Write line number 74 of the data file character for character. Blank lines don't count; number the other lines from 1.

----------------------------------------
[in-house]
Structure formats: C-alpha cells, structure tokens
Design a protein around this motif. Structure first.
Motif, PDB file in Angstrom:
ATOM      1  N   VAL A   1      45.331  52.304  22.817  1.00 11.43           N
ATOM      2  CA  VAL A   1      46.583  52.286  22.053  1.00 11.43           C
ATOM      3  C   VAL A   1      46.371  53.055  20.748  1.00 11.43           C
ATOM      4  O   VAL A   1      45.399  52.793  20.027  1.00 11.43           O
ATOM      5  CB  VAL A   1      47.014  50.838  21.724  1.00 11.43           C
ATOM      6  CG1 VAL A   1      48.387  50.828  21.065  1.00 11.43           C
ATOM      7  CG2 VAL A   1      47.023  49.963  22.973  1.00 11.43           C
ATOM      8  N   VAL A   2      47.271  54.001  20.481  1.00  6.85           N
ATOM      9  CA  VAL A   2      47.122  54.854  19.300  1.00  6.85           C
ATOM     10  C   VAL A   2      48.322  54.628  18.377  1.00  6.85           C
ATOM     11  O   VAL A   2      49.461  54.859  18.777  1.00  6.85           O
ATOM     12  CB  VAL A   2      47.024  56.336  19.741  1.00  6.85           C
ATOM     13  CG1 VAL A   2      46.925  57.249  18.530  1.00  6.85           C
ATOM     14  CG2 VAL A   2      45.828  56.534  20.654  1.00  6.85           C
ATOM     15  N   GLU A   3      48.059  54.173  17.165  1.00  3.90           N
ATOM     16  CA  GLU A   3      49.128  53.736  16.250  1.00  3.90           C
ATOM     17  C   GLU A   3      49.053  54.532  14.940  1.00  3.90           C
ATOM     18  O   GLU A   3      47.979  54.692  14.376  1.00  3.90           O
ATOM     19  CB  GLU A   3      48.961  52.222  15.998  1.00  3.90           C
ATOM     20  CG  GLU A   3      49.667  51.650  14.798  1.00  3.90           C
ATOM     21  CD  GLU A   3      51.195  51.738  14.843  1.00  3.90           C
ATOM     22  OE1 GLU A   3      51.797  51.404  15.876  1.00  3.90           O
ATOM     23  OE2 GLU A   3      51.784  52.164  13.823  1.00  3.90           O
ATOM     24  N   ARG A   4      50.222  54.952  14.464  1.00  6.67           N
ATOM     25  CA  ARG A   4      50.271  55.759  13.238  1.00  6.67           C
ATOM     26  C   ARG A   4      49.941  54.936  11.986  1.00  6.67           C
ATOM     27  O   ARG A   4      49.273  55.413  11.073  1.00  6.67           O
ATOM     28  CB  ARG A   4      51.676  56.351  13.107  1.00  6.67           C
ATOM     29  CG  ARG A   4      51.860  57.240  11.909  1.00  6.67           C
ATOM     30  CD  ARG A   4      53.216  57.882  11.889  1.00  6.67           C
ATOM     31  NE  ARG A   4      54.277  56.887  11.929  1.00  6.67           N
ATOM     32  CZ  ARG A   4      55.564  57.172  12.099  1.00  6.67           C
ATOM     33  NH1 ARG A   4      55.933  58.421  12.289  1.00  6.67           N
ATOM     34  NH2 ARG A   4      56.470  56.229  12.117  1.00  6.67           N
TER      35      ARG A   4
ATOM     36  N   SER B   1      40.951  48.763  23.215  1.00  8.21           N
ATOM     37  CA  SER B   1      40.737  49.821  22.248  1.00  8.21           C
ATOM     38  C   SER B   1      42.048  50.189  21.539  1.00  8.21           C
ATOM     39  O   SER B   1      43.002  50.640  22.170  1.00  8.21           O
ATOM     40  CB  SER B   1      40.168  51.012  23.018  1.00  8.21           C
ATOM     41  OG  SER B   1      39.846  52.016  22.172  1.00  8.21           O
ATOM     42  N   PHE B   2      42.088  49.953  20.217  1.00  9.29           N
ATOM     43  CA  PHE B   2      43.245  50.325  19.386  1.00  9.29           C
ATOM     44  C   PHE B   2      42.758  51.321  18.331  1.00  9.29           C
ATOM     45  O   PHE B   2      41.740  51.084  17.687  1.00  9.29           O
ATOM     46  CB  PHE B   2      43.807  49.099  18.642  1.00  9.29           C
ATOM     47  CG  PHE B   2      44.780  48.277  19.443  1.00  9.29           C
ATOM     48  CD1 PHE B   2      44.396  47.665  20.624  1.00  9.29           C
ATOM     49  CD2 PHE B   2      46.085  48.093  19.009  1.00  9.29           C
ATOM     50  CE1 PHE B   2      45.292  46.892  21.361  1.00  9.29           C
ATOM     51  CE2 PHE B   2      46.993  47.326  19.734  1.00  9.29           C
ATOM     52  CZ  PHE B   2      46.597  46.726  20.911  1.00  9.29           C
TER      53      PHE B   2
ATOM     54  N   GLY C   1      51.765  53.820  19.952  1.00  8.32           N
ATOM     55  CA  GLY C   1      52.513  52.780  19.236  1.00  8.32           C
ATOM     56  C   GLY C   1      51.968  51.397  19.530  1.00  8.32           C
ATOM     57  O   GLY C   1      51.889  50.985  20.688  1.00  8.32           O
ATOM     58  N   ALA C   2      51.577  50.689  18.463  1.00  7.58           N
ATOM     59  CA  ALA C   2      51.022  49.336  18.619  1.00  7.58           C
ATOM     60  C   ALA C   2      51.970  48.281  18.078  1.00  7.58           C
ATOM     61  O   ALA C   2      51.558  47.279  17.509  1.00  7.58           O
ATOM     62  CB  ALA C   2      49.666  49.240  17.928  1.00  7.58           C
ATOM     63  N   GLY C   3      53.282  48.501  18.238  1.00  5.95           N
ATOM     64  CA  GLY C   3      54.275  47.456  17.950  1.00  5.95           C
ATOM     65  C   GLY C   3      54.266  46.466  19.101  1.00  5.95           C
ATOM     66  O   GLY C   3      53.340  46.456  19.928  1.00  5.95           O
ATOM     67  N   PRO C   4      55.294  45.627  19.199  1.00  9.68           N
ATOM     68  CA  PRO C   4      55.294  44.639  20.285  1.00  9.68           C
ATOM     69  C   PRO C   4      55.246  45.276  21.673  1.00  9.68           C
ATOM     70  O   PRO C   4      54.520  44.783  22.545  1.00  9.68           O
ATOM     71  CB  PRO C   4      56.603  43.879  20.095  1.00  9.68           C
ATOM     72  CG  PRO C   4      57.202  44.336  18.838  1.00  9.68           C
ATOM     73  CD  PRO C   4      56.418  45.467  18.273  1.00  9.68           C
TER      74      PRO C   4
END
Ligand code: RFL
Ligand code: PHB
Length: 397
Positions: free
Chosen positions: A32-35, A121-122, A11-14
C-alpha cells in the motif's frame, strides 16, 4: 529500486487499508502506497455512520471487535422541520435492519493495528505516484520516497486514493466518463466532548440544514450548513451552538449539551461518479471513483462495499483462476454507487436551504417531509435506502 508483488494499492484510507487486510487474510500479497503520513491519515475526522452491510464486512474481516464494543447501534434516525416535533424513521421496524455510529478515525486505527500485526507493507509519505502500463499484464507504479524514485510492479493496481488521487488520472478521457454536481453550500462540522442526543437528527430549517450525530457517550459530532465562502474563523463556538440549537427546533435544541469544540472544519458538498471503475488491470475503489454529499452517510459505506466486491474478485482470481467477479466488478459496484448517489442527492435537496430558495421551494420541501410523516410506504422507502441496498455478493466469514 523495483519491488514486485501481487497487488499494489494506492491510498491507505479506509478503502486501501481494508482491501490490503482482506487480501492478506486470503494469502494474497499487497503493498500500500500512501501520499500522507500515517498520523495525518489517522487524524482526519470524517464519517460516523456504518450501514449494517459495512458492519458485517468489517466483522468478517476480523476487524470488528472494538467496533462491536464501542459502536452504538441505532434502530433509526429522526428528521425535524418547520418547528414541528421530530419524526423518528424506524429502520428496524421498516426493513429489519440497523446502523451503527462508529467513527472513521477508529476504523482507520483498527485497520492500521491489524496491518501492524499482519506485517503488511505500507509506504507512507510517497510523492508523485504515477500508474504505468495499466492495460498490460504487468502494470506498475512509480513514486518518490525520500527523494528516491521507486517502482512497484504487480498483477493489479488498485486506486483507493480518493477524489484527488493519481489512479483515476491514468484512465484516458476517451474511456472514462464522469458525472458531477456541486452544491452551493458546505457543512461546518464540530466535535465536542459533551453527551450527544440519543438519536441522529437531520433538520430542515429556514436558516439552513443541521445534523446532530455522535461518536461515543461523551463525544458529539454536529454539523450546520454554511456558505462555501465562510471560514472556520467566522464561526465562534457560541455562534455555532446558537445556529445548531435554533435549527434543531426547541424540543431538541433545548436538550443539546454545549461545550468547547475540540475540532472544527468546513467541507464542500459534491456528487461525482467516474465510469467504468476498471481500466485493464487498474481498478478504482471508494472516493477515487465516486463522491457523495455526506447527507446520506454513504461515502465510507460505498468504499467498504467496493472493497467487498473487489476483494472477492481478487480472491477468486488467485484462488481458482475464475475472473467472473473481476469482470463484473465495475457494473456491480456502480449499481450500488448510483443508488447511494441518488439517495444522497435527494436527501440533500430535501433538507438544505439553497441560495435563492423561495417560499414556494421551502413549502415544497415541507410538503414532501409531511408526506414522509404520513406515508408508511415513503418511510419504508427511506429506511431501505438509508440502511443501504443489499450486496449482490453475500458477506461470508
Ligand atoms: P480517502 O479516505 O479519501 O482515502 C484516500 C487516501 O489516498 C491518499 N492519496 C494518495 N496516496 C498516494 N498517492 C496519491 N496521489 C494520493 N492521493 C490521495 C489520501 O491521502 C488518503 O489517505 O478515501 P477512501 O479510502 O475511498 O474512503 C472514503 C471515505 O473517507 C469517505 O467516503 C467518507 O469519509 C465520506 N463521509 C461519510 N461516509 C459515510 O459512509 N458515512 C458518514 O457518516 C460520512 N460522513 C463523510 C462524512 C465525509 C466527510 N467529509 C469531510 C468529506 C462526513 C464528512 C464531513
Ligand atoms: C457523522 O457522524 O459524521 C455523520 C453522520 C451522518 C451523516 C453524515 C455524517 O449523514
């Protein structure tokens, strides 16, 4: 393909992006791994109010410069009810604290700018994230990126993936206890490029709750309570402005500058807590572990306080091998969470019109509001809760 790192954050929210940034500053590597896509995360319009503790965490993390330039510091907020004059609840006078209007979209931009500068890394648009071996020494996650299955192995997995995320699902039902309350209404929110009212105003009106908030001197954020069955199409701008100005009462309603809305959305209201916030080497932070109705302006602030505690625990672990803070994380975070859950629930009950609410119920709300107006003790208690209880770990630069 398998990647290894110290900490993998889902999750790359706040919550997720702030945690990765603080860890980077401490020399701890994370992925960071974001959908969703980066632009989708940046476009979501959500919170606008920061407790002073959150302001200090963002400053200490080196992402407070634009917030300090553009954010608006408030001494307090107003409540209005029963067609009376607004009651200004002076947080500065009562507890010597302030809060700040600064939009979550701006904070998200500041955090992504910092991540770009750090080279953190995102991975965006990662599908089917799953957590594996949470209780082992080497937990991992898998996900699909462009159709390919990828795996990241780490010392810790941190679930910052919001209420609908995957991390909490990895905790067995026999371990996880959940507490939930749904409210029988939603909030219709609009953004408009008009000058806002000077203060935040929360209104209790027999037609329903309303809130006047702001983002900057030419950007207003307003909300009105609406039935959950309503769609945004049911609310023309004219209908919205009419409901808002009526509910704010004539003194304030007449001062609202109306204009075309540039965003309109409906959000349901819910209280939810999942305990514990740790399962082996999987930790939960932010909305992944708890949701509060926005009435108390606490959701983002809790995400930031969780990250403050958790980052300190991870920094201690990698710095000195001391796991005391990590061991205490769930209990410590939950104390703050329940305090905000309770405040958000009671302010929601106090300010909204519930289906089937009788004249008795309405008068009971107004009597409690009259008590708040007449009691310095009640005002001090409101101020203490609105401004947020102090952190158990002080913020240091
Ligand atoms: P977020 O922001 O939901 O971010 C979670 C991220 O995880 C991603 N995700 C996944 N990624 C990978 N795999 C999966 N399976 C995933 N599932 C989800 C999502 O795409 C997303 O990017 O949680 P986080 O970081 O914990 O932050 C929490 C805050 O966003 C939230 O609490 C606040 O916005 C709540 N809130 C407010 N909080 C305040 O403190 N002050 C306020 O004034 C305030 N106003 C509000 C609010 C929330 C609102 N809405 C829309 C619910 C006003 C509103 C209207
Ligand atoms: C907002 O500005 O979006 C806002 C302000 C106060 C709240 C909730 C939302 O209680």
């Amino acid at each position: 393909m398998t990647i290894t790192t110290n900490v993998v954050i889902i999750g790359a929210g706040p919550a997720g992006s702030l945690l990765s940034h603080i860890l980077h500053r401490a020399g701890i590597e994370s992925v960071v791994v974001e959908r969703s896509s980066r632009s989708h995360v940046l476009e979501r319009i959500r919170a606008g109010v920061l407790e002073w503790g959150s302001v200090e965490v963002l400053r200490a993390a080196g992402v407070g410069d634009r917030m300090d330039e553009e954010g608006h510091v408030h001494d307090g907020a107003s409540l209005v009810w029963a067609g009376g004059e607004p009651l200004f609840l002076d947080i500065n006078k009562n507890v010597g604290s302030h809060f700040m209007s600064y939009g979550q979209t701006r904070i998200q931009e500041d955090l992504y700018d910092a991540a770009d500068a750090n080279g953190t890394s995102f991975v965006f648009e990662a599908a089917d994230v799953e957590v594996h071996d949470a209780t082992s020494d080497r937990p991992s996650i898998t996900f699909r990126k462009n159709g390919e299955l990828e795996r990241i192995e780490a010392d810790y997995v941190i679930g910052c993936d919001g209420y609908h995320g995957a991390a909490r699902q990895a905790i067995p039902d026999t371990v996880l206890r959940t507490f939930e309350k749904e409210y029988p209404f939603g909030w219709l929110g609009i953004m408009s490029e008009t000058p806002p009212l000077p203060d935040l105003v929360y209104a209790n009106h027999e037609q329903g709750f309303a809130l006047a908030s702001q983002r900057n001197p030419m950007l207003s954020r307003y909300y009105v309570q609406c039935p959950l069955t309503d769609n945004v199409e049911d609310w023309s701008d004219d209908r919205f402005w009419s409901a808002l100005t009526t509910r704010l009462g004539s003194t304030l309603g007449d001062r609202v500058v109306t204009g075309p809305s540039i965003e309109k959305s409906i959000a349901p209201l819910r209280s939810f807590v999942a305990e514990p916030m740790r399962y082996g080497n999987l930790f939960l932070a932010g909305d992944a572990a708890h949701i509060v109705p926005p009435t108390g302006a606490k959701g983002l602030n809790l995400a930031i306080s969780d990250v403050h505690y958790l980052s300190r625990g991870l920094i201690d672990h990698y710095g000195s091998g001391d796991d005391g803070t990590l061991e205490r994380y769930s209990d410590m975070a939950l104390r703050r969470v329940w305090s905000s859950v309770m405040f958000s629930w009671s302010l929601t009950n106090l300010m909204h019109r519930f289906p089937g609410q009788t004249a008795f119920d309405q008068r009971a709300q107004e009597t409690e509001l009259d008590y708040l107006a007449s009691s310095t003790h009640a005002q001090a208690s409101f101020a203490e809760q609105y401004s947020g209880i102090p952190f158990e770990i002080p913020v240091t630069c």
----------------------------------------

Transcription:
ATOM     70  O   PRO C   4      54.520  44.783  22.545  1.00  9.68           O